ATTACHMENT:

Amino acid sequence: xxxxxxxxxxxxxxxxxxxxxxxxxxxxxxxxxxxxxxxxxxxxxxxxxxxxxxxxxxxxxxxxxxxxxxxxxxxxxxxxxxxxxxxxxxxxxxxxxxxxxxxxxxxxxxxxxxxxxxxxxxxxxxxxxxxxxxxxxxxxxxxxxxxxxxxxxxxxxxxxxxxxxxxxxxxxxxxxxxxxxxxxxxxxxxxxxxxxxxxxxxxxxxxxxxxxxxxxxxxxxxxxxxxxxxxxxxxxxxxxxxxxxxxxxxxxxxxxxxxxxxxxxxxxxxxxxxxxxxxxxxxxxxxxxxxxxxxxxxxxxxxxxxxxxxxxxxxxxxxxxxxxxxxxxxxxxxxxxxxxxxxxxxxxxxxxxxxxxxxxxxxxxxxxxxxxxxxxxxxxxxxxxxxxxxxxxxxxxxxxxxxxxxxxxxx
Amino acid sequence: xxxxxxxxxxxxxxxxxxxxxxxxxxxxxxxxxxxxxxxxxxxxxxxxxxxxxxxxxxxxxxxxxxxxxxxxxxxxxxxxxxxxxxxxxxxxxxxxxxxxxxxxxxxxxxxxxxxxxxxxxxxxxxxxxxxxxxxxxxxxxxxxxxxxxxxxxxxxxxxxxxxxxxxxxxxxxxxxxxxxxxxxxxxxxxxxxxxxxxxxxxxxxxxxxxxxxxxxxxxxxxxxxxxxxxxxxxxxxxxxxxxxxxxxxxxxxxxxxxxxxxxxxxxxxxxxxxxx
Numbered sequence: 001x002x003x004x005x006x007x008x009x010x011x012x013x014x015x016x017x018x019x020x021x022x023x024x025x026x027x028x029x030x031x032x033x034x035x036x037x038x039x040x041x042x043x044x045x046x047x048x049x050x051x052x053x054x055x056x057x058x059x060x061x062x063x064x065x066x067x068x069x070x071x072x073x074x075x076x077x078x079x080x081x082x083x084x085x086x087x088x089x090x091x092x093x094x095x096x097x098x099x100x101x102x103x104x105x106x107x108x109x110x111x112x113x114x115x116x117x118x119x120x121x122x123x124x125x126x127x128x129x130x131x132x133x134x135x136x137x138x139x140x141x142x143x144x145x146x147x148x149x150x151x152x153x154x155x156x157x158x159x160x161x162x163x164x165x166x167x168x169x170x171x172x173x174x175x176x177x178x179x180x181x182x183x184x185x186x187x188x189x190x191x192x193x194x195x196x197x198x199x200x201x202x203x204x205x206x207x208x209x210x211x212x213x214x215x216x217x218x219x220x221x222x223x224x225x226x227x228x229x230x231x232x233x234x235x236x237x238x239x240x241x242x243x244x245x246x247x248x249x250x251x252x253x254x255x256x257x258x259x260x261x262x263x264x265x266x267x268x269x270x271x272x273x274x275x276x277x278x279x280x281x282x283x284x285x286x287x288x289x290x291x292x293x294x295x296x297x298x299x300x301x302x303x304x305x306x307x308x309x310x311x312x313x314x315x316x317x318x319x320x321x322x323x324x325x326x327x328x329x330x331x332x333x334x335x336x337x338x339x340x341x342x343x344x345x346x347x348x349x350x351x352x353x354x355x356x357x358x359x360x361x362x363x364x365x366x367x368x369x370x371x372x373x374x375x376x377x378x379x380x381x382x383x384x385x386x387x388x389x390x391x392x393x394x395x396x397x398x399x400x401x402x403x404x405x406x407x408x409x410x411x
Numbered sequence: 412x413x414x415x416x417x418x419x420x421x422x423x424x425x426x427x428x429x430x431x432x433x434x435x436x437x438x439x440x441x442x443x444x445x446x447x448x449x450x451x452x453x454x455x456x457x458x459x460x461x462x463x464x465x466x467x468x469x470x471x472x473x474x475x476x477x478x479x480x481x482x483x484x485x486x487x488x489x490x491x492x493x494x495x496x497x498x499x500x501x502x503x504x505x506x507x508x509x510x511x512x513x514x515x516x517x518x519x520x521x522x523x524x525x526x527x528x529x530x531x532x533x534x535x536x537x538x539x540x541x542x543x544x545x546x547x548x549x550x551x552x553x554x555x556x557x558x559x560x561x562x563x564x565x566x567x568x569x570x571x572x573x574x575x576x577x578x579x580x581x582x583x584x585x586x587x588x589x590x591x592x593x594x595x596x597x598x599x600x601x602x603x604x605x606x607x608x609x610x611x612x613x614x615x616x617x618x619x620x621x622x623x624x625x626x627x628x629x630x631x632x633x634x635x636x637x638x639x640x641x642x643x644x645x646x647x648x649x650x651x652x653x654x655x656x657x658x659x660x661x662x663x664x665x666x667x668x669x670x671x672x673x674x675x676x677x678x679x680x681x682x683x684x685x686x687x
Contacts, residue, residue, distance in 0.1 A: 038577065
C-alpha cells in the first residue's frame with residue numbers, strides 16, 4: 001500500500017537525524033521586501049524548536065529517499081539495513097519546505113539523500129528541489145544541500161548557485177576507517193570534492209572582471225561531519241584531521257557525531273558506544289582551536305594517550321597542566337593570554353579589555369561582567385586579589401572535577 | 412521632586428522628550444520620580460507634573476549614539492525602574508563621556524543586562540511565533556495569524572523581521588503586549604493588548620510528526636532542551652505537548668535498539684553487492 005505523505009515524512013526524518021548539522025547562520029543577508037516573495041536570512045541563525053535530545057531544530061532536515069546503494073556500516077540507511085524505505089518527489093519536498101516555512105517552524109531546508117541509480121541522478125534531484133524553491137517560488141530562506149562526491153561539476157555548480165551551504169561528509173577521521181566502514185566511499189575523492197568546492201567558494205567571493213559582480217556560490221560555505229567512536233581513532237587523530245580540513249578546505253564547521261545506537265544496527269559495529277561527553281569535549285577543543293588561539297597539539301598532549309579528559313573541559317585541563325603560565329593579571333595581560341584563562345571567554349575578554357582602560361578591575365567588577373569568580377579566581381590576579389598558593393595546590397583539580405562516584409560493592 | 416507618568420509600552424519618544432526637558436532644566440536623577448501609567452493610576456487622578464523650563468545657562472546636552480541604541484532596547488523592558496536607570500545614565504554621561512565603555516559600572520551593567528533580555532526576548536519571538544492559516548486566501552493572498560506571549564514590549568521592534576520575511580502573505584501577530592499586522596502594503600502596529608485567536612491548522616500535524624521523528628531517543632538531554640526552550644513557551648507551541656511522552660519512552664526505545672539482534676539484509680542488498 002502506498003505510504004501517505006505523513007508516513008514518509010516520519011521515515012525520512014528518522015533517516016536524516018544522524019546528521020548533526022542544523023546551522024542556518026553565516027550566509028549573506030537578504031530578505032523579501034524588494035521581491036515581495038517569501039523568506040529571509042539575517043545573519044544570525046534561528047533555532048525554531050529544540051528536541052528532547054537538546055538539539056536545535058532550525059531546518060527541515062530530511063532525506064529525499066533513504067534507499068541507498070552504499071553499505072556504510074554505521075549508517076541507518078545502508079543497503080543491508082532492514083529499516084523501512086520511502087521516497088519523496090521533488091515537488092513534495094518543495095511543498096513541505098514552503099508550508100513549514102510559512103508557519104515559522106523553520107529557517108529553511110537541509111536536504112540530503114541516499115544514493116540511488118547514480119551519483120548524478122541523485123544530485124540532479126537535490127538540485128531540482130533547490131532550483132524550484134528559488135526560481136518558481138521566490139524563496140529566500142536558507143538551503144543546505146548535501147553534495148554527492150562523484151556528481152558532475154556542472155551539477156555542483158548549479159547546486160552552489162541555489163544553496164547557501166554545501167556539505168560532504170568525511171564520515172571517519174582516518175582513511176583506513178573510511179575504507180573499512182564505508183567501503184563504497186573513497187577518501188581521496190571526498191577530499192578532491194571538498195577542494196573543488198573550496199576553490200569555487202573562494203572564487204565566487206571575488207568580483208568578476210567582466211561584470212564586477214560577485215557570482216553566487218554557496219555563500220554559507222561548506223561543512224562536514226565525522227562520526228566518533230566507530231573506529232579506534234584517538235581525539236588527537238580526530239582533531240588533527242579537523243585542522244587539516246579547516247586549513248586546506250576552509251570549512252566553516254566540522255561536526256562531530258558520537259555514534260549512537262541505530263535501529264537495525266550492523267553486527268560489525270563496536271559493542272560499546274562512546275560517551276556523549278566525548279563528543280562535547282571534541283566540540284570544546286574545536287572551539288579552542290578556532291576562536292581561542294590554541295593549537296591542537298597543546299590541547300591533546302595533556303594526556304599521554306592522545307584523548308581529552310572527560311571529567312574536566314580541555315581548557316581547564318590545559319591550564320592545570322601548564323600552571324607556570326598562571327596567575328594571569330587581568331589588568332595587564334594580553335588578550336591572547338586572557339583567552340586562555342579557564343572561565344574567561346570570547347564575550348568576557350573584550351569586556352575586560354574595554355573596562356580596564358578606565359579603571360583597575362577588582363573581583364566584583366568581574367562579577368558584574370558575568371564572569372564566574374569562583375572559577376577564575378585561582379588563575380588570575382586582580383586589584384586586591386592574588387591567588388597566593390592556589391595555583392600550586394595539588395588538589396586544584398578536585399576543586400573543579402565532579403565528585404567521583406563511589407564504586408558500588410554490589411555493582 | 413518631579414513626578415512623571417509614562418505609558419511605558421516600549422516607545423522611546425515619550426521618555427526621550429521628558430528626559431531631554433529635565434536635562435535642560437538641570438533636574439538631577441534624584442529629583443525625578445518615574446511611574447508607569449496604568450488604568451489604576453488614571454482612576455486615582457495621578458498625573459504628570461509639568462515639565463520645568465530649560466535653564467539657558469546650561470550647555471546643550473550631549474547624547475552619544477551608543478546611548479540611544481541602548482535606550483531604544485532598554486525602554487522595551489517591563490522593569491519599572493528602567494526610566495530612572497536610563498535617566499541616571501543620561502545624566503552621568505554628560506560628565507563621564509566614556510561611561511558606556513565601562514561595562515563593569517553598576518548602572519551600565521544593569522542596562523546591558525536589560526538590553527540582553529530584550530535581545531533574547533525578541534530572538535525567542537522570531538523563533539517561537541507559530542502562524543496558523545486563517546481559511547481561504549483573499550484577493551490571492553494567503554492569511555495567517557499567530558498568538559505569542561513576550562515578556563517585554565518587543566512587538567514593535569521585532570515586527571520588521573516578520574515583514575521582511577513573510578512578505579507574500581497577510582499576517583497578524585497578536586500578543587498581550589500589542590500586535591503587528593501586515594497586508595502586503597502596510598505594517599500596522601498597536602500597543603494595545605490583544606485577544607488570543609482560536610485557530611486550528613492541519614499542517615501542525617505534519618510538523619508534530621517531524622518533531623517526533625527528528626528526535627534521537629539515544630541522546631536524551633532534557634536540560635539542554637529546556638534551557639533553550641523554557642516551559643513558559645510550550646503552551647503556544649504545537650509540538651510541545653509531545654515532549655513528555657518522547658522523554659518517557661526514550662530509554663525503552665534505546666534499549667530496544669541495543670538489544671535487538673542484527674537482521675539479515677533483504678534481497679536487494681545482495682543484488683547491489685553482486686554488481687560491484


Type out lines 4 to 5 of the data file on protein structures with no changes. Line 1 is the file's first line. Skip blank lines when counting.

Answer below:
Numbered sequence: 412x413x414x415x416x417x418x419x420x421x422x423x424x425x426x427x428x429x430x431x432x433x434x435x436x437x438x439x440x441x442x443x444x445x446x447x448x449x450x451x452x453x454x455x456x457x458x459x460x461x462x463x464x465x466x467x468x469x470x471x472x473x474x475x476x477x478x479x480x481x482x483x484x485x486x487x488x489x490x491x492x493x494x495x496x497x498x499x500x501x502x503x504x505x506x507x508x509x510x511x512x513x514x515x516x517x518x519x520x521x522x523x524x525x526x527x528x529x530x531x532x533x534x535x536x537x538x539x540x541x542x543x544x545x546x547x548x549x550x551x552x553x554x555x556x557x558x559x560x561x562x563x564x565x566x567x568x569x570x571x572x573x574x575x576x577x578x579x580x581x582x583x584x585x586x587x588x589x590x591x592x593x594x595x596x597x598x599x600x601x602x603x604x605x606x607x608x609x610x611x612x613x614x615x616x617x618x619x620x621x622x623x624x625x626x627x628x629x630x631x632x633x634x635x636x637x638x639x640x641x642x643x644x645x646x647x648x649x650x651x652x653x654x655x656x657x658x659x660x661x662x663x664x665x666x667x668x669x670x671x672x673x674x675x676x677x678x679x680x681x682x683x684x685x686x687x
Contacts, residue, residue, distance in 0.1 A: 038577065